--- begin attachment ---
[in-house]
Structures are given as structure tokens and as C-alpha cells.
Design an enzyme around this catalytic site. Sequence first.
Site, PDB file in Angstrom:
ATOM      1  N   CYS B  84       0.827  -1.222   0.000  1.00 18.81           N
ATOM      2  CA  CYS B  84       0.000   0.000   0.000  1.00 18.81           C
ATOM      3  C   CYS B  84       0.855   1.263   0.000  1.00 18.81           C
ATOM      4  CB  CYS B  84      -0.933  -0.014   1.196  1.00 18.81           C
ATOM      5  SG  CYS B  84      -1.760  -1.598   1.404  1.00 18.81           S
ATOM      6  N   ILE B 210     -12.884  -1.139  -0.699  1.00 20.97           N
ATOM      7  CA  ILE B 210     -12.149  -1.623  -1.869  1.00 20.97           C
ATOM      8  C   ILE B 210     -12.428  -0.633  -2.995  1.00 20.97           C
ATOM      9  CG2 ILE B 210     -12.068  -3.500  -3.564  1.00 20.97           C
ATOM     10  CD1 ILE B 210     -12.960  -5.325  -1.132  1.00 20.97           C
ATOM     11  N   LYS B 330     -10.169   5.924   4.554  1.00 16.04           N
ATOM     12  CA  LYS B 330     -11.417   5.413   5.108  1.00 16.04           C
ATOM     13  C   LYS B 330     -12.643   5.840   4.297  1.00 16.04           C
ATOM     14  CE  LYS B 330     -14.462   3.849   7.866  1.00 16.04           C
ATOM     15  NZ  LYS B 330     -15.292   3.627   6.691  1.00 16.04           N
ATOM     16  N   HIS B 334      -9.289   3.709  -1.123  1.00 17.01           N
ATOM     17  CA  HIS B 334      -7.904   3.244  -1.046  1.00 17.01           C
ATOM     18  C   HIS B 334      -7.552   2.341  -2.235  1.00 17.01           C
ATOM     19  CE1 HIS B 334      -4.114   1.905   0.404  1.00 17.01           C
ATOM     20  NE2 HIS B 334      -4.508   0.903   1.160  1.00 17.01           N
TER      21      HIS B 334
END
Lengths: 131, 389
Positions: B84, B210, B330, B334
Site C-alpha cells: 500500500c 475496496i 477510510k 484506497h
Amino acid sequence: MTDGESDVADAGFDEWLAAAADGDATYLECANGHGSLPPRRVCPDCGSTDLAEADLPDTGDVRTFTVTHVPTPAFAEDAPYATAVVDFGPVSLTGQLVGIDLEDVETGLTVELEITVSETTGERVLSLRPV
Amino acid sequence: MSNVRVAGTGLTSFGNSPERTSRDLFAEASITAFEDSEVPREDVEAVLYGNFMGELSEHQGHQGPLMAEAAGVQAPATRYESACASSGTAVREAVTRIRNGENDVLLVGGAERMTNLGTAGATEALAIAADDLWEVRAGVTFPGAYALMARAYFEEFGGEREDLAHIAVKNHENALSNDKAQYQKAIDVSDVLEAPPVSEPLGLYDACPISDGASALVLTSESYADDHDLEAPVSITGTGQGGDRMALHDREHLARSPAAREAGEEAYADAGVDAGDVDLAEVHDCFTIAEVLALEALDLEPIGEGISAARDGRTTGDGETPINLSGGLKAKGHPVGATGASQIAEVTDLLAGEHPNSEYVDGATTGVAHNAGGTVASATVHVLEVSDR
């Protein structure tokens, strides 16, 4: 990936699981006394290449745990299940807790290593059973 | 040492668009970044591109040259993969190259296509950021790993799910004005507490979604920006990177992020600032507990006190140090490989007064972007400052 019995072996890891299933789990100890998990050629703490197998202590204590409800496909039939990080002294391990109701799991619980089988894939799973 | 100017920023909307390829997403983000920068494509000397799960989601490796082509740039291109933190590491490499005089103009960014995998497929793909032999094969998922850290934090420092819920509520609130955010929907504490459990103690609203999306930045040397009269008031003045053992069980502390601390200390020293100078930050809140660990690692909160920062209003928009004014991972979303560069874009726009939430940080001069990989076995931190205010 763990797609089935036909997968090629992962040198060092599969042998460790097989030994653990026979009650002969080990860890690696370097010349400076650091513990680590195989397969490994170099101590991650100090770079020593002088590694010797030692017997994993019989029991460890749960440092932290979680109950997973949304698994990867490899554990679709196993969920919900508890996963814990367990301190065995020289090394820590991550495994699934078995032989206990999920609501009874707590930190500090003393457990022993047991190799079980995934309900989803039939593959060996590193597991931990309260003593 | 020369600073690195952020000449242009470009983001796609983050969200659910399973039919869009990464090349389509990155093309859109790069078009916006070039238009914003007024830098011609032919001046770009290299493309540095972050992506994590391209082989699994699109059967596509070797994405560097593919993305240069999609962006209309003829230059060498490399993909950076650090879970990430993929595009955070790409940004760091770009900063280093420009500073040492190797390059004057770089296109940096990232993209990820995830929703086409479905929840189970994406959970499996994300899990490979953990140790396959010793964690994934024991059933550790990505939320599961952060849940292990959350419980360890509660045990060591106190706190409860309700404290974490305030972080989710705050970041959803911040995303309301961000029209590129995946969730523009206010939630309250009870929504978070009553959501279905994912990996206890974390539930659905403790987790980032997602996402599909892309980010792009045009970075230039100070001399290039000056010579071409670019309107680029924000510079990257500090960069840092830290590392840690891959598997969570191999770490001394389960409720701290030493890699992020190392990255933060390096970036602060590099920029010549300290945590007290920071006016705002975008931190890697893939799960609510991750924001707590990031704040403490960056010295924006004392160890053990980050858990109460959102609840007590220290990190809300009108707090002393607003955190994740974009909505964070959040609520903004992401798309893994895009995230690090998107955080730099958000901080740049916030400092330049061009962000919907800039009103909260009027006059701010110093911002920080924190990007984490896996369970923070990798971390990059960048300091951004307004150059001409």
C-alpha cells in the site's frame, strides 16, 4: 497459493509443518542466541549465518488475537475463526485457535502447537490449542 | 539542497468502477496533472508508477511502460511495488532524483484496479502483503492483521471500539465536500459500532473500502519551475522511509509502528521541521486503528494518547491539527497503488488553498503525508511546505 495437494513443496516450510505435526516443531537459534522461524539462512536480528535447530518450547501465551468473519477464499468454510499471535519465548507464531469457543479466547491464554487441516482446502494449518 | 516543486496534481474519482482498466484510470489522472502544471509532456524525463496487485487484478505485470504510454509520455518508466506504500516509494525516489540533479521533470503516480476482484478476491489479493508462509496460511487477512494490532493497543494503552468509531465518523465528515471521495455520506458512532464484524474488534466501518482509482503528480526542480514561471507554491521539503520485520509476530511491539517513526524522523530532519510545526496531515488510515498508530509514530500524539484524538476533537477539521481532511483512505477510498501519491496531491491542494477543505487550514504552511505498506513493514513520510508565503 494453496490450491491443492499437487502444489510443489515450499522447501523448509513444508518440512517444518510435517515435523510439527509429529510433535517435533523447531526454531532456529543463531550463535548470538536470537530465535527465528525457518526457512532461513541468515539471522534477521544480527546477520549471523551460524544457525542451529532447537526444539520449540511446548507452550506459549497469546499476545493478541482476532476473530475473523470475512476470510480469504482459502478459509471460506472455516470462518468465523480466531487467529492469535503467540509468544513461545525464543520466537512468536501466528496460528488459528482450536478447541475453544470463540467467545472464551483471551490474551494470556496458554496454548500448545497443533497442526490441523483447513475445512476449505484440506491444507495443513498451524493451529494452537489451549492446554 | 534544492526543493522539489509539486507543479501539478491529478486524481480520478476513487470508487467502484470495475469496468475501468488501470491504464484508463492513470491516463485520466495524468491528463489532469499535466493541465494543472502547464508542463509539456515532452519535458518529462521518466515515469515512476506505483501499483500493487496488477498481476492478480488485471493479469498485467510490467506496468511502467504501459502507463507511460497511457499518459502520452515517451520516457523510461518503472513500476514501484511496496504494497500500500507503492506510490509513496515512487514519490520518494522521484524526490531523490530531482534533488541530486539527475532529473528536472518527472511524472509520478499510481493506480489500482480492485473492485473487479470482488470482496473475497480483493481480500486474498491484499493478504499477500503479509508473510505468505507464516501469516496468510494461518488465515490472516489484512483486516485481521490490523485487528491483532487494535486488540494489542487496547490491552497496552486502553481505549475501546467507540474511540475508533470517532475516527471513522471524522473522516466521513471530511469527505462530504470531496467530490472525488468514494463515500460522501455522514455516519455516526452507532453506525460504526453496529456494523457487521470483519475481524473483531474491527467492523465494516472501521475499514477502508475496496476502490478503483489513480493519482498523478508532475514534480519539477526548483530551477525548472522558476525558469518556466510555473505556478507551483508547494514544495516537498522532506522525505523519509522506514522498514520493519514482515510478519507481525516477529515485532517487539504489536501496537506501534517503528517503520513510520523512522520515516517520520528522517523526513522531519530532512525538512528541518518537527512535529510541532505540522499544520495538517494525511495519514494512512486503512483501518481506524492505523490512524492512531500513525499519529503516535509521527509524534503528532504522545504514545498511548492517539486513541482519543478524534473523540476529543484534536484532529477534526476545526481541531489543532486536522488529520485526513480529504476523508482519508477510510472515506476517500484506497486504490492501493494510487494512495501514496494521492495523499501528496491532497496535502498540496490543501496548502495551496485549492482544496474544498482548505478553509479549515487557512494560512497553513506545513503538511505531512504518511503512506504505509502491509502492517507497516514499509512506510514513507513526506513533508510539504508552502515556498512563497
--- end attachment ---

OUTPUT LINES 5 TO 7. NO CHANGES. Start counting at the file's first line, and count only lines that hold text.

ATOM      1  N   CYS B  84       0.827  -1.222   0.000  1.00 18.81           N
ATOM      2  CA  CYS B  84       0.000   0.000   0.000  1.00 18.81           C
ATOM      3  C   CYS B  84       0.855   1.263   0.000  1.00 18.81           C